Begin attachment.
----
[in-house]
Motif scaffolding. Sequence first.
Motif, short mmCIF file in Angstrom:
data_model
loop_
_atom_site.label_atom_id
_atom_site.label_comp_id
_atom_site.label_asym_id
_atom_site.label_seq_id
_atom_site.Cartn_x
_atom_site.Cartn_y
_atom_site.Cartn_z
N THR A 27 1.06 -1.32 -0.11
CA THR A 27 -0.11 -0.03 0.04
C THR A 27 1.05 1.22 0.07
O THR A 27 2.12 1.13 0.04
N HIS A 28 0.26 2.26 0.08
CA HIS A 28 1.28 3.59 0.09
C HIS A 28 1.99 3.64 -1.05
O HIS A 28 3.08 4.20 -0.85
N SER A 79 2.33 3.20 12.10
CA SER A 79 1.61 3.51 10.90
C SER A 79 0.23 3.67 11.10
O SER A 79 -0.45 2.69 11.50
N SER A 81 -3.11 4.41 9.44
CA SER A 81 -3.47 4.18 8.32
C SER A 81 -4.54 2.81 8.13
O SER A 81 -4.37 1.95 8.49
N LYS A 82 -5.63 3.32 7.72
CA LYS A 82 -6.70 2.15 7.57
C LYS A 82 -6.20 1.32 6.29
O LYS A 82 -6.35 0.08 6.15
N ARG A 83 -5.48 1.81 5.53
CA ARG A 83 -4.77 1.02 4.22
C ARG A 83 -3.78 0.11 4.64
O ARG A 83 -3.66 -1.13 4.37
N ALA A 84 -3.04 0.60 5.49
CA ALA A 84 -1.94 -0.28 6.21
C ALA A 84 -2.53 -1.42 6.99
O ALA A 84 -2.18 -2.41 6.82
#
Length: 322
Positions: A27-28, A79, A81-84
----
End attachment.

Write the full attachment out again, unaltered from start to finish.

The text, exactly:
[in-house]
Motif scaffolding. Sequence first.
Motif, short mmCIF file in Angstrom:
data_model
loop_
_atom_site.label_atom_id
_atom_site.label_comp_id
_atom_site.label_asym_id
_atom_site.label_seq_id
_atom_site.Cartn_x
_atom_site.Cartn_y
_atom_site.Cartn_z
N THR A 27 1.06 -1.32 -0.11
CA THR A 27 -0.11 -0.03 0.04
C THR A 27 1.05 1.22 0.07
O THR A 27 2.12 1.13 0.04
N HIS A 28 0.26 2.26 0.08
CA HIS A 28 1.28 3.59 0.09
C HIS A 28 1.99 3.64 -1.05
O HIS A 28 3.08 4.20 -0.85
N SER A 79 2.33 3.20 12.10
CA SER A 79 1.61 3.51 10.90
C SER A 79 0.23 3.67 11.10
O SER A 79 -0.45 2.69 11.50
N SER A 81 -3.11 4.41 9.44
CA SER A 81 -3.47 4.18 8.32
C SER A 81 -4.54 2.81 8.13
O SER A 81 -4.37 1.95 8.49
N LYS A 82 -5.63 3.32 7.72
CA LYS A 82 -6.70 2.15 7.57
C LYS A 82 -6.20 1.32 6.29
O LYS A 82 -6.35 0.08 6.15
N ARG A 83 -5.48 1.81 5.53
CA ARG A 83 -4.77 1.02 4.22
C ARG A 83 -3.78 0.11 4.64
O ARG A 83 -3.66 -1.13 4.37
N ALA A 84 -3.04 0.60 5.49
CA ALA A 84 -1.94 -0.28 6.21
C ALA A 84 -2.53 -1.42 6.99
O ALA A 84 -2.18 -2.41 6.82
#
Length: 322
Positions: A27-28, A79, A81-84